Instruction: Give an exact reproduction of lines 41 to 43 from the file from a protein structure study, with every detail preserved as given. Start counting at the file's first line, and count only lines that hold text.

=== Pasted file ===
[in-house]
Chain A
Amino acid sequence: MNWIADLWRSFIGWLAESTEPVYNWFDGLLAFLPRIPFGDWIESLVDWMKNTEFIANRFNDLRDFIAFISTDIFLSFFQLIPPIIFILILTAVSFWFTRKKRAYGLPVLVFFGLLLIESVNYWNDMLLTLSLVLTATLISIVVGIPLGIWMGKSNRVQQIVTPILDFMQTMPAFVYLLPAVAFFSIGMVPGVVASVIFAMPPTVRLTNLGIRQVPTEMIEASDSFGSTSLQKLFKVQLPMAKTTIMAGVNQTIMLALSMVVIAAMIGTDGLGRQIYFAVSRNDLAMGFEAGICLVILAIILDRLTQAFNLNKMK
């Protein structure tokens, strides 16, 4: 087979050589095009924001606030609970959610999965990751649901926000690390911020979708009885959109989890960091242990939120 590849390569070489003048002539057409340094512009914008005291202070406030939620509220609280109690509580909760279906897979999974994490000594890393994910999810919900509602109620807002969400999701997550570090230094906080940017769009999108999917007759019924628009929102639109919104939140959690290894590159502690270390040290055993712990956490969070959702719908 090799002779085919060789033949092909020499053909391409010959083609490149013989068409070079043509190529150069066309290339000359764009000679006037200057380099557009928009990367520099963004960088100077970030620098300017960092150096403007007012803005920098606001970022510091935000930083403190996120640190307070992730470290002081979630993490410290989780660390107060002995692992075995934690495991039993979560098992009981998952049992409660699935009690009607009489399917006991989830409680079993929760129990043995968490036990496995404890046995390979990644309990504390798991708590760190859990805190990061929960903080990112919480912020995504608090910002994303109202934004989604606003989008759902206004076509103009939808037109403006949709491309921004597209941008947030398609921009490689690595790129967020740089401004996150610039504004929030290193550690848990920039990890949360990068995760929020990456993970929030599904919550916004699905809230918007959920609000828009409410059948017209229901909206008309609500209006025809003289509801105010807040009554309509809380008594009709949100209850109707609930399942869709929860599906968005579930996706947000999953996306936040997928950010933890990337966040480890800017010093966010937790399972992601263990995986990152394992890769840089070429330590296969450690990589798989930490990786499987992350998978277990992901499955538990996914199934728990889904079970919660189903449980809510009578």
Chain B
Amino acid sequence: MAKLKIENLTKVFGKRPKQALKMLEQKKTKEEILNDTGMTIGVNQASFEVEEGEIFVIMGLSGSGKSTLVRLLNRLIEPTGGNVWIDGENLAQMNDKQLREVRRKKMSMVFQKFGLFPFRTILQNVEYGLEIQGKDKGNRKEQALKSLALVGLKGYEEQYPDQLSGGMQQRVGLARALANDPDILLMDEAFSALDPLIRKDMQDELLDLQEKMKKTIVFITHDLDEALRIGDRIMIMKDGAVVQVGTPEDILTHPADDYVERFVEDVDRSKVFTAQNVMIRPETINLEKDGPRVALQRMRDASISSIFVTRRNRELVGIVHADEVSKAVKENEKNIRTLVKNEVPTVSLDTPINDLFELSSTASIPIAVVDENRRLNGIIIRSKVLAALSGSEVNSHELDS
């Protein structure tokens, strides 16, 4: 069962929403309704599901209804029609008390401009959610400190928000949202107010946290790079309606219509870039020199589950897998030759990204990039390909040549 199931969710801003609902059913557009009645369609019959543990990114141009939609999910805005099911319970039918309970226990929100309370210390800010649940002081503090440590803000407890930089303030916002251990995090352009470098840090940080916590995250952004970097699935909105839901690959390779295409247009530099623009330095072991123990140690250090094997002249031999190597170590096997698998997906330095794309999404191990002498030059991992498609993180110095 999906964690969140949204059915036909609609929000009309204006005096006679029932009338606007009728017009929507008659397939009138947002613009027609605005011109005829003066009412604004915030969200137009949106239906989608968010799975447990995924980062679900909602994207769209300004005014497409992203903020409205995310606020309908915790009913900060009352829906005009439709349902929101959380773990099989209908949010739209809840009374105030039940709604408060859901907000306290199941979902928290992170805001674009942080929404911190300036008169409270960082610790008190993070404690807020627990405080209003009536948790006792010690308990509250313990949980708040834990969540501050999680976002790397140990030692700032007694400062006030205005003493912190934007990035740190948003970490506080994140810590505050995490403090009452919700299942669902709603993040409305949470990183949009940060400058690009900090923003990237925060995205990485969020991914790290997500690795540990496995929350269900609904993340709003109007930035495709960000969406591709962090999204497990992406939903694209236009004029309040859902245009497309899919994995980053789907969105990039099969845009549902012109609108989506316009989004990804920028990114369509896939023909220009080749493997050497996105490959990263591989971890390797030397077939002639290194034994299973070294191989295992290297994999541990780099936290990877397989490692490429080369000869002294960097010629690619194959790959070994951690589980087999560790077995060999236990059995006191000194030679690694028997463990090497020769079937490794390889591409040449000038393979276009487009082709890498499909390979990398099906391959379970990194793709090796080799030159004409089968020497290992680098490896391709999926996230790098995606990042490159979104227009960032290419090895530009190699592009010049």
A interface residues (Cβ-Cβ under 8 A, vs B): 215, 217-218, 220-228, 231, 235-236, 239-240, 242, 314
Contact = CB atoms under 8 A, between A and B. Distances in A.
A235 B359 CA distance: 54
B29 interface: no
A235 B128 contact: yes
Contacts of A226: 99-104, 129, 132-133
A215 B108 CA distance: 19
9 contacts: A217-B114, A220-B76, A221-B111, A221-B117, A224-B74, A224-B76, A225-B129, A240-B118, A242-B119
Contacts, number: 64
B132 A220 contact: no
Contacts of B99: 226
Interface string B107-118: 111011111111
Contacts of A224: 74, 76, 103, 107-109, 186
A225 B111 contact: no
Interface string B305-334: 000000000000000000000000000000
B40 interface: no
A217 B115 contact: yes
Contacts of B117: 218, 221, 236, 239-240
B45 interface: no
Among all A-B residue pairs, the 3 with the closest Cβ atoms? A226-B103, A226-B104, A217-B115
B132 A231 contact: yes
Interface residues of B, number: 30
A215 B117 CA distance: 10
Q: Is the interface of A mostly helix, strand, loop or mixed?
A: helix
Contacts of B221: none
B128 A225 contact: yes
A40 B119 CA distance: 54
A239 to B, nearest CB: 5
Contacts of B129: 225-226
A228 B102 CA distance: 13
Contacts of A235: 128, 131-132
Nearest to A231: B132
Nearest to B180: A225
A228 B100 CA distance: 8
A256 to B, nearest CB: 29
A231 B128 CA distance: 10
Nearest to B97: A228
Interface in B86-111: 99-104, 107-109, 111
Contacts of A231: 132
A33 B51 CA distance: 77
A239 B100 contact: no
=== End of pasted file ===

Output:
Nearest to B180: A225
A228 B100 CA distance: 8
A256 to B, nearest CB: 29